NFL QB succession rankings: Will Packers' plan hit big like others recently?
It’s hard to find a competent quarterback in the NFL, and it’s even harder when a team has to move on from a Pro Bowl-level starter.
Teams have tried many different ways to do it, from drafting an heir apparent to signing a free agent or even trading for an established quarterback. One natural maneuver is to promote a backup after at least one year behind the incumbent. It’s the NFL’s version of a succession plan. Only a few teams have attempted it in recent years, and an even smaller number triumphed.
The Green Bay Packers are trying to do it for the second time in 15 years this season. When Green Bay traded Aaron Rodgers — who himself had taken over for Brett Favre in 2008 after he served as Favre’s backup for three seasons — to the New York Jets a few weeks ago, the Packers officially handed the keys of their franchise to 2020 first-round draft pick Jordan Love. The fourth-year quarterback has huge shoes to fill in Rodgers, a likely first-ballot Hall of Famer, and has started just one game and attempted only 83 passes during his first two seasons.
Recent history has actually boded well for teams embarking on succession plans. But that doesn’t mean everything will work for the Packers. There have been several noteworthy instances in the past 10 years of teams replacing their incumbent starter with a backup from the previous season. One note: We’re only counting quarterbacks who played seven or fewer games the season before he became the Week 1 starter.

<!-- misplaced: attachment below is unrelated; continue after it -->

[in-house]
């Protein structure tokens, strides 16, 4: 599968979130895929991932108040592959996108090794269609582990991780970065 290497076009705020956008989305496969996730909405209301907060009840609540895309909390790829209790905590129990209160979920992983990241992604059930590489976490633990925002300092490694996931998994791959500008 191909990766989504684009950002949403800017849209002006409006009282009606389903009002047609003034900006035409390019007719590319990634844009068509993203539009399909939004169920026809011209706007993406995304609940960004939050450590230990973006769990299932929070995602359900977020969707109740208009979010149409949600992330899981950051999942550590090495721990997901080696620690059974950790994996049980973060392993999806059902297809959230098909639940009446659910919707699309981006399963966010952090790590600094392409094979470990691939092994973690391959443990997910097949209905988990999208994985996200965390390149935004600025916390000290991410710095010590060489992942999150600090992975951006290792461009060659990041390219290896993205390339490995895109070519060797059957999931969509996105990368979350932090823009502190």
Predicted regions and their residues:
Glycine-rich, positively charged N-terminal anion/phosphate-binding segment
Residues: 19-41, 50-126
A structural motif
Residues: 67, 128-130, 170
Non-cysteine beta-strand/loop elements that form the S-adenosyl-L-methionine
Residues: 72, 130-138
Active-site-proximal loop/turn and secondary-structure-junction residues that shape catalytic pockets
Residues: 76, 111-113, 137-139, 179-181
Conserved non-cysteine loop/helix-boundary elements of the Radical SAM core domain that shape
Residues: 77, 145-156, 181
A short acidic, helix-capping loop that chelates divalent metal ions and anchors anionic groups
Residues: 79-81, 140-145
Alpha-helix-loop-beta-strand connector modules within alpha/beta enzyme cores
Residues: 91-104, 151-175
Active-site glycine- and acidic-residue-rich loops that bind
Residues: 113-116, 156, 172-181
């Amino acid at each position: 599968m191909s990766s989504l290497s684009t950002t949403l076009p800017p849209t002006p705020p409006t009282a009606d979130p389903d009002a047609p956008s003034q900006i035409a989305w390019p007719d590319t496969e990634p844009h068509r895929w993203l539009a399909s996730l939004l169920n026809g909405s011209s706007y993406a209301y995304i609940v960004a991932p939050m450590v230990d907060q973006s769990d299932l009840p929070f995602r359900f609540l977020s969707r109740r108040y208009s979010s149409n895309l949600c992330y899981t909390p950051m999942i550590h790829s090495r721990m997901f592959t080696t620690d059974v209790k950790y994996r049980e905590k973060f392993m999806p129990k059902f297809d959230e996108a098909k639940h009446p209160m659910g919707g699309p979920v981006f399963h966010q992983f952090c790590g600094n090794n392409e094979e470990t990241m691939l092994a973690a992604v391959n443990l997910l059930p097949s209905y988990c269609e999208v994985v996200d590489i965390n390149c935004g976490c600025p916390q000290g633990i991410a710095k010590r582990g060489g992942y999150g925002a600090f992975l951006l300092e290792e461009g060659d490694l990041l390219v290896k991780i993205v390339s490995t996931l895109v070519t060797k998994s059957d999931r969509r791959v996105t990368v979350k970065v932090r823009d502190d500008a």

Here’s how it worked out for them:
INC. Trey Lance taking over for Jimmy Garoppolo (San Francisco 49ers, 2022)
It’s hard to completely rank this move until we know what happens to Lance, but all signs point to this being a 49ers failure. Lance’s NFL career is still young and has been littered with injuries, but San Francisco paid a lot to trade up and draft him No. 3 overall in 2021. The 49ers handed control to Lance in 2022 after one year behind Garoppolo, but an ankle injury ended his sophomore season after two games. Brock Purdy, the 2022 seventh-rounder, likely surpassed Lance on the 49ers' depth chart after a great rookie campaign and San Francisco reportedly fielded trade offers for Lance this offseason.
7. Trevor Siemian taking over for Peyton Manning (Denver Broncos, 2016)
It’s almost impossible to replace a Hall of Fame quarterback, let alone replace one with a second-year seventh-round draft pick. But that’s exactly what the Broncos tried to do in 2016 after Manning’s main backup Brock Osweiler, signed with the Houston Texans the same offseason Manning retired from the NFL. Siemian beat out rookie Paxton Lynch and veteran Mark Sanchez for the job and played well enough to keep the job for 2017. But he lost it by Week 8 of that season and is now on his fourth team since 2018.
6. Jameis Winston taking over for Drew Brees (New Orleans Saints, 2021)